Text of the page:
Your film, Tunnels, is currently in post-production. Can you say a little about that film, when/where it will be released? What was its inspiration/how did you go about creating it?
OK: Yes – I recently saw a first (very) rough cut of it. The idea for the film developed over a long period of time – more like two fairly rapid bursts over the course of a few years. The first was when I was fortunate enough to meet the film’s eventual director Mohanad Yaqubi. We just hung out, got to know each other and talked about a number of things – our loves and frustrations, our hopes and aborted dreams. The following year Mohanad spent some time in London for his MA and we got to talking about collaborating on a short together. Mohanad had a rough idea of what he wanted to explore – how Palestinians are always waiting – at checkpoints, for visas, for utilities, for family members, for their homeland. So, that was the starting point for our somewhat Beckettian film about a young boy from Gaza who meets an old man at a bus stop in this suspended world – somewhere between Gaza and London.
I plan to spend some time with Mohanad while I’m out in Palestine and get closer to completing the film.
Gillian Slovo, writer of fiction and autobiography and political veteran with a sharp eye for how police authorities work, says: the security officer was busy on her mobile phone showing:”They don’t think there’s really a security situation going on. What they are doing is putting people in their place and stopping the free movement of a whole people.”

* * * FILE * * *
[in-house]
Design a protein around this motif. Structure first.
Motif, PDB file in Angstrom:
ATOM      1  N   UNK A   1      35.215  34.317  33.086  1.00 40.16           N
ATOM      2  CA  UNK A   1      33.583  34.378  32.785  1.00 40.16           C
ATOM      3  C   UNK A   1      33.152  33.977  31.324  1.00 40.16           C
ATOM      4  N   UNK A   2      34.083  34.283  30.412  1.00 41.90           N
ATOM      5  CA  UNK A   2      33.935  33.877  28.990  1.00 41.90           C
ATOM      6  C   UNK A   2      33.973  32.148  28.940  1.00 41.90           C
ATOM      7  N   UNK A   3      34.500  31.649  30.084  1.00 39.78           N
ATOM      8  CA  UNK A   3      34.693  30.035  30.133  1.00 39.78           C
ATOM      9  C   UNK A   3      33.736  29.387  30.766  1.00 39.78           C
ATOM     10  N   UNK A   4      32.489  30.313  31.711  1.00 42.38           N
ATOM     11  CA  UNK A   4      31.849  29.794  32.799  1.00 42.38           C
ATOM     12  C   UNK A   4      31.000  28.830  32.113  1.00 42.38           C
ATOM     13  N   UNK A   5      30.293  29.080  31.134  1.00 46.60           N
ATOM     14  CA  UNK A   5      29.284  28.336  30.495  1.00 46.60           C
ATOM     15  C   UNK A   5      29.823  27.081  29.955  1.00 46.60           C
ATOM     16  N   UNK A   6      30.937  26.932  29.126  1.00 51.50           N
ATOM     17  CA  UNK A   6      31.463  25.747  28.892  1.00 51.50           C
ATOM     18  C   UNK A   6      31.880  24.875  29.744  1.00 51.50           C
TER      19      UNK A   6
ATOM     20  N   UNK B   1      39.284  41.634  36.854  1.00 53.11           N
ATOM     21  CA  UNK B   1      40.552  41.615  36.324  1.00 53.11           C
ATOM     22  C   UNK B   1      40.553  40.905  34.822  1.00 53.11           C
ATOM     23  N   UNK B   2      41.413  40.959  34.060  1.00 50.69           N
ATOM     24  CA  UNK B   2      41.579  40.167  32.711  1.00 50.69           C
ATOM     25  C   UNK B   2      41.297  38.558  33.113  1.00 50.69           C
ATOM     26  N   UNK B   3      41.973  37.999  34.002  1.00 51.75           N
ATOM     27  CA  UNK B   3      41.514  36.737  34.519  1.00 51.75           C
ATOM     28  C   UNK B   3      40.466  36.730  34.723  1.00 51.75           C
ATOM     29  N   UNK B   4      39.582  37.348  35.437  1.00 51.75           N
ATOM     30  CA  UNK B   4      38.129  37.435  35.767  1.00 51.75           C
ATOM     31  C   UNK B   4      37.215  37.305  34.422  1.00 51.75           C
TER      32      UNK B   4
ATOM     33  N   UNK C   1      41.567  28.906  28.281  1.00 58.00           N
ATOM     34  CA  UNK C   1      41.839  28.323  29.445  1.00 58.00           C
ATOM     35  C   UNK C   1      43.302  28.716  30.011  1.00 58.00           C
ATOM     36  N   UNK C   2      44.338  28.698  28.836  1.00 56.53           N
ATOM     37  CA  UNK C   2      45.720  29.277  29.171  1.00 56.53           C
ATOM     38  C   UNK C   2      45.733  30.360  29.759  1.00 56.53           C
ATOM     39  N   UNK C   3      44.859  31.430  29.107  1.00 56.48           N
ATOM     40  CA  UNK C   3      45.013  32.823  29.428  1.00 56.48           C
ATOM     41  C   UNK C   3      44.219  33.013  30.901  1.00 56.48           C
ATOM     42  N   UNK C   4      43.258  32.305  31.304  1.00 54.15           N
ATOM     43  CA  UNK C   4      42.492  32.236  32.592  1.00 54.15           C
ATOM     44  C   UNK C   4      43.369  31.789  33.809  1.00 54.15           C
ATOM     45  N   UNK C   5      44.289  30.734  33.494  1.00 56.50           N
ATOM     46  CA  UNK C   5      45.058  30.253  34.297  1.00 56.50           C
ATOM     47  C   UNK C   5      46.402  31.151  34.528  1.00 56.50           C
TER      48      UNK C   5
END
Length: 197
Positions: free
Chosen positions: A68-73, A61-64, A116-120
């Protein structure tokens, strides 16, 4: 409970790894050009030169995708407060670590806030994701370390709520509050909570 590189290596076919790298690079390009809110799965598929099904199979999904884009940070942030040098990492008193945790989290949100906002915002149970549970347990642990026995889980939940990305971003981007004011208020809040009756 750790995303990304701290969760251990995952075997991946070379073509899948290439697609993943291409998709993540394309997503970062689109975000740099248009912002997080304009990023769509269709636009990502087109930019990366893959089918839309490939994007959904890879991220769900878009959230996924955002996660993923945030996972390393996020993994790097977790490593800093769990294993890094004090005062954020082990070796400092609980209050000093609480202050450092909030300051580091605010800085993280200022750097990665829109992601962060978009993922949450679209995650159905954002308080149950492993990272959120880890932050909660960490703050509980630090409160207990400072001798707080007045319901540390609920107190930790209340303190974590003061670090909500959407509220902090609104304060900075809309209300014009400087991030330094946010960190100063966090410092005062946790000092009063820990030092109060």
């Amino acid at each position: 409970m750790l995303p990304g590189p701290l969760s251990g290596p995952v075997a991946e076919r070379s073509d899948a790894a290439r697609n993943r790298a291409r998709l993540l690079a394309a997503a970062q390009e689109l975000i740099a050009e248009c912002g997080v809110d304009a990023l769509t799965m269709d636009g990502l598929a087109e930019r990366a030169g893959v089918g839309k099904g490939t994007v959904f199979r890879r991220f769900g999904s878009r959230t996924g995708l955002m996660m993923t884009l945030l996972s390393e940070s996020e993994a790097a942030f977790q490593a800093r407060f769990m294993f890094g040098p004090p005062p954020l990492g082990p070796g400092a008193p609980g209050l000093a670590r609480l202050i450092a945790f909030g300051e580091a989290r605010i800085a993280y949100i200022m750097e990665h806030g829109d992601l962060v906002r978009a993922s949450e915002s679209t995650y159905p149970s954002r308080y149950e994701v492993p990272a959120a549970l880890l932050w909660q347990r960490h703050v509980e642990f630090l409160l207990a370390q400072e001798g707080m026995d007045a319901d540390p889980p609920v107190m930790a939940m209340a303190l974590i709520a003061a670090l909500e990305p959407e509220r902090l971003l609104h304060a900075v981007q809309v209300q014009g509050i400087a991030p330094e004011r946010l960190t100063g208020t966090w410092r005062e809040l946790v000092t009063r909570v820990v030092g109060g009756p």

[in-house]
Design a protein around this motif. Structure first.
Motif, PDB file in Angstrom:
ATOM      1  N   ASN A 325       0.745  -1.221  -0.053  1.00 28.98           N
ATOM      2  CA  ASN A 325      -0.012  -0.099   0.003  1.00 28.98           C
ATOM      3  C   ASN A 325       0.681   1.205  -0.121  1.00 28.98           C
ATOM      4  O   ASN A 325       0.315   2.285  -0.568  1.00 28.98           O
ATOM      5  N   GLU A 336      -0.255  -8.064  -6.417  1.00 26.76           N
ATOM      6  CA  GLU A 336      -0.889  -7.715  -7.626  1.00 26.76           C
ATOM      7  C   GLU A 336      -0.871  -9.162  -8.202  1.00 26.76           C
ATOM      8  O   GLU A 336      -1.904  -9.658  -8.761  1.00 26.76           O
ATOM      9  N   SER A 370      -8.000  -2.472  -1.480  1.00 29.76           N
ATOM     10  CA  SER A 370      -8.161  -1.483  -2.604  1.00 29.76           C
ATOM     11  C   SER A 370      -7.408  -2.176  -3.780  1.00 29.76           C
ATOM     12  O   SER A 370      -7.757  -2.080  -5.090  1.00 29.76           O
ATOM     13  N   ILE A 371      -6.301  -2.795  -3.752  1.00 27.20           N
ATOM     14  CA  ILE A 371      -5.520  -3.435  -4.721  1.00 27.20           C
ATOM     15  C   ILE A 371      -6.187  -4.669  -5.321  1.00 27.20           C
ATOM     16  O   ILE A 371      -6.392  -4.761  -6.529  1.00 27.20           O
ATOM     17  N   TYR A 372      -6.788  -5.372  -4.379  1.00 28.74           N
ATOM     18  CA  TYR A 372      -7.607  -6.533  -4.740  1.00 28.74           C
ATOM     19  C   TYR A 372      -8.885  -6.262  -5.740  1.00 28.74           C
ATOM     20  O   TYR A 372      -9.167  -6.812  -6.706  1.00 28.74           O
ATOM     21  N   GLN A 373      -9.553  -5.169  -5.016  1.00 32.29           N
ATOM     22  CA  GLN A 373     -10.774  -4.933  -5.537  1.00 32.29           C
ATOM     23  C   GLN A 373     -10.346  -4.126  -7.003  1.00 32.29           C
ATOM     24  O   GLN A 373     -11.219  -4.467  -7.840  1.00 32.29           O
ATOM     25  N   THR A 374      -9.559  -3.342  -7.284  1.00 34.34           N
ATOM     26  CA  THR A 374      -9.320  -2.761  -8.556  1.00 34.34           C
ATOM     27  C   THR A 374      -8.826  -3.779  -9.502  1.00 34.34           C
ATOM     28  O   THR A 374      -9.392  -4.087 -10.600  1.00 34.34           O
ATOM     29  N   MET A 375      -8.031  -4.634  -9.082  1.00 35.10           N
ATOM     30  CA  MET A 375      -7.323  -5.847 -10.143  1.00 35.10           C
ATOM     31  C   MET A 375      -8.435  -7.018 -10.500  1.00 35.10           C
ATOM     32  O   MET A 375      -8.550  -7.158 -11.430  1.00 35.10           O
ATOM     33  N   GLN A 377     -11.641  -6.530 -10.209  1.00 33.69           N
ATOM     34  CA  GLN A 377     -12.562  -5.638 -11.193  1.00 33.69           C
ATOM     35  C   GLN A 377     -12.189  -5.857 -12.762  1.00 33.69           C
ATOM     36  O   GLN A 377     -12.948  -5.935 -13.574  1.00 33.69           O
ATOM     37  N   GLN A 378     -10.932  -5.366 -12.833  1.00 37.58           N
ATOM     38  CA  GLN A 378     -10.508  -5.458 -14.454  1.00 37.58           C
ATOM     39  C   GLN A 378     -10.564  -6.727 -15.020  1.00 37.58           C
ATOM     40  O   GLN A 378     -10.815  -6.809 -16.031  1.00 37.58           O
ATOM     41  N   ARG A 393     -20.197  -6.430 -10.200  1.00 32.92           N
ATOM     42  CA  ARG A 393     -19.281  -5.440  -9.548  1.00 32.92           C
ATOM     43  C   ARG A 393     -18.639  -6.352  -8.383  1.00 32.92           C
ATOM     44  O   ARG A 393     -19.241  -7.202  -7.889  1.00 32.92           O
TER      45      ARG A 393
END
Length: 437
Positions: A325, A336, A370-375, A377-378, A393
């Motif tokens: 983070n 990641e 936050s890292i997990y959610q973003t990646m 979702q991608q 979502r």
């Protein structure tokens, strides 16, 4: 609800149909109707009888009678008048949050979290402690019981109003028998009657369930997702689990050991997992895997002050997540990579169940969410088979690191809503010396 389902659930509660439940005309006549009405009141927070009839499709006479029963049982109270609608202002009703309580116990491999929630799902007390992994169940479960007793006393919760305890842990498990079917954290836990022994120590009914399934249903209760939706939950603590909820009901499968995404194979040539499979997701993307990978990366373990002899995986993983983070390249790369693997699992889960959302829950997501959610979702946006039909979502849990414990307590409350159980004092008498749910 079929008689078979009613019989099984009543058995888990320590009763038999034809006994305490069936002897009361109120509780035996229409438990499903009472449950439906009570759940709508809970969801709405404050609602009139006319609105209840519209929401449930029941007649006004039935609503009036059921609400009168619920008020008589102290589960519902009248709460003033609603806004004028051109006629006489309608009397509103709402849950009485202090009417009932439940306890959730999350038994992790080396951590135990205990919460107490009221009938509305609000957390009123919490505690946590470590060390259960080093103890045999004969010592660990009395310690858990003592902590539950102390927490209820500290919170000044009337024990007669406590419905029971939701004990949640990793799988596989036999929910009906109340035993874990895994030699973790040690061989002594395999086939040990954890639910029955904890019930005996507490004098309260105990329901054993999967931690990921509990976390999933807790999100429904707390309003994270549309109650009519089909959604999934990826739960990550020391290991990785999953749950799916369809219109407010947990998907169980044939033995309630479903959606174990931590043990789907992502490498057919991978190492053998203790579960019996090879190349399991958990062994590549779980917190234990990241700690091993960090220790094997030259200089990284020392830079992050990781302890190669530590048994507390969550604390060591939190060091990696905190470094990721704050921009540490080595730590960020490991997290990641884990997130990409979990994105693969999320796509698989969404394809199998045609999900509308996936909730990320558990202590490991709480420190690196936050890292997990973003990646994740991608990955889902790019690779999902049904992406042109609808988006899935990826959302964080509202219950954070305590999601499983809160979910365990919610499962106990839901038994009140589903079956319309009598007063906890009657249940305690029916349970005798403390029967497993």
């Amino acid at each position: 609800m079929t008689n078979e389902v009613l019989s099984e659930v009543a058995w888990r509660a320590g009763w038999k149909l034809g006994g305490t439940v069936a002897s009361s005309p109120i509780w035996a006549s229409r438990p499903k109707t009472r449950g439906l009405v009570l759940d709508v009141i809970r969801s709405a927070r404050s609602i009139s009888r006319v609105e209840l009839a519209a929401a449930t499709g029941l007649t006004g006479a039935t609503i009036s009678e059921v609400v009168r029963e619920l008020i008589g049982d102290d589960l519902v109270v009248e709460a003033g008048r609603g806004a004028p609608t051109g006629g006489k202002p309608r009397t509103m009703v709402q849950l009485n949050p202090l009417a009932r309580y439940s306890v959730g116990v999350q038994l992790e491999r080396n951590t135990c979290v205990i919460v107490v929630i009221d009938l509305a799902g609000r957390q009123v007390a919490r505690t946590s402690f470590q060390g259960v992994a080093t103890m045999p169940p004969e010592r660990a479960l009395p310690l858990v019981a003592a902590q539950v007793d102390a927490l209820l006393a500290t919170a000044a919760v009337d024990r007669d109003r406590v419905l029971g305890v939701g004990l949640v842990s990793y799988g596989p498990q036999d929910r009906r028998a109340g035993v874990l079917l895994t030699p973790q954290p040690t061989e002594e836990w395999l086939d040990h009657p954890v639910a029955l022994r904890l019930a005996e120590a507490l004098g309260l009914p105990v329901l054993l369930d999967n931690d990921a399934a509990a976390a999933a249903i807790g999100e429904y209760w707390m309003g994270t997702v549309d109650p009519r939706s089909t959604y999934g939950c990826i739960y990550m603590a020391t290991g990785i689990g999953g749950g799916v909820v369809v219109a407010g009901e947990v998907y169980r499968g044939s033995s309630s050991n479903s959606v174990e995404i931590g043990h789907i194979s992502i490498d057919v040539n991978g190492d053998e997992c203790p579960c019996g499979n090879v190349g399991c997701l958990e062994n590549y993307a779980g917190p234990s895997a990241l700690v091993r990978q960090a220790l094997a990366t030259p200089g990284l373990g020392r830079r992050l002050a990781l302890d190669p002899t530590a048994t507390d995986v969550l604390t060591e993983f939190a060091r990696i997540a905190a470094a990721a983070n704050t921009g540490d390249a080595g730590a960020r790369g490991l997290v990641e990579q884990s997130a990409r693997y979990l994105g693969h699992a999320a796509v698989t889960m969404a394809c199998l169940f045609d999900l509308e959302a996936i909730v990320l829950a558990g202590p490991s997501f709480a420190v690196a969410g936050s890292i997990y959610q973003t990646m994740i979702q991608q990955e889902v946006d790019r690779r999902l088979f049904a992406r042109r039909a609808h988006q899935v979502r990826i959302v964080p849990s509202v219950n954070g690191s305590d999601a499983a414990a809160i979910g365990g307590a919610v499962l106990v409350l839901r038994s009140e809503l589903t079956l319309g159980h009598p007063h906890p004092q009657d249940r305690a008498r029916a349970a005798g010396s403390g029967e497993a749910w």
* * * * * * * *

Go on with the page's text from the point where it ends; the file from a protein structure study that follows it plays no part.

Amongst her many published works are Morbid Symptoms (1984), Death by Analysis (1986), The Betrayal (1991), Close Call (1995). Every secret thing : my family, my country (1997), Red Dust (2000). Ice Road (2004
Chiana (China) Mieveille is a powerful speaker in this video. Chiana is an English fantasy fiction author, comic writer and academic. He is fond of describing his fiction as “weird fiction”. Formerly an SWP member, he became a founding member of Left Unity in 2013. He teaches creative writing at Warwick University, and in 2012–13 he was Writer-in-Residence at Roosevelt University in Chicago, Illinois.
Among his comments: “All these intriguing little details which add a sort of juridical cruelty to it which really does take your breath away.” The many rules constitute a “clear intention to fragment and dislocate.”
Ray Dolphin from OCHA attempts to explain the rules which keep Jerusalem Arab-free including by keeping married couples apart.
Authors and artists attending the 2013 Palestine Festival of Literature were taken around Jerusalem, where they saw the multiple techniques being employed to ethnically cleanse the city. They crossed into the city through Qalandia checkpoint and met with people in the Old City, Sheikh Jarrah and smaller, surrounding neighbourhoods. This is what they saw.
China Miéville, Gillian Slovo, Tom Warner, Omar el Khairy
* Grassroots Jerusalem
Grassroots Jerusalem is a platform for active social, urban and human rights activists and organizations in Al-Quds.
We seek to create a strong grassroots network that will represent community voices who disobey, oppose and resist the occupation.
We amplify the local resources available for and from grassroots activists, leaders and organizations. We create virtual and real environments for meeting, sharing information, educating, growing and coordinating on shared issues of urget and long term concern.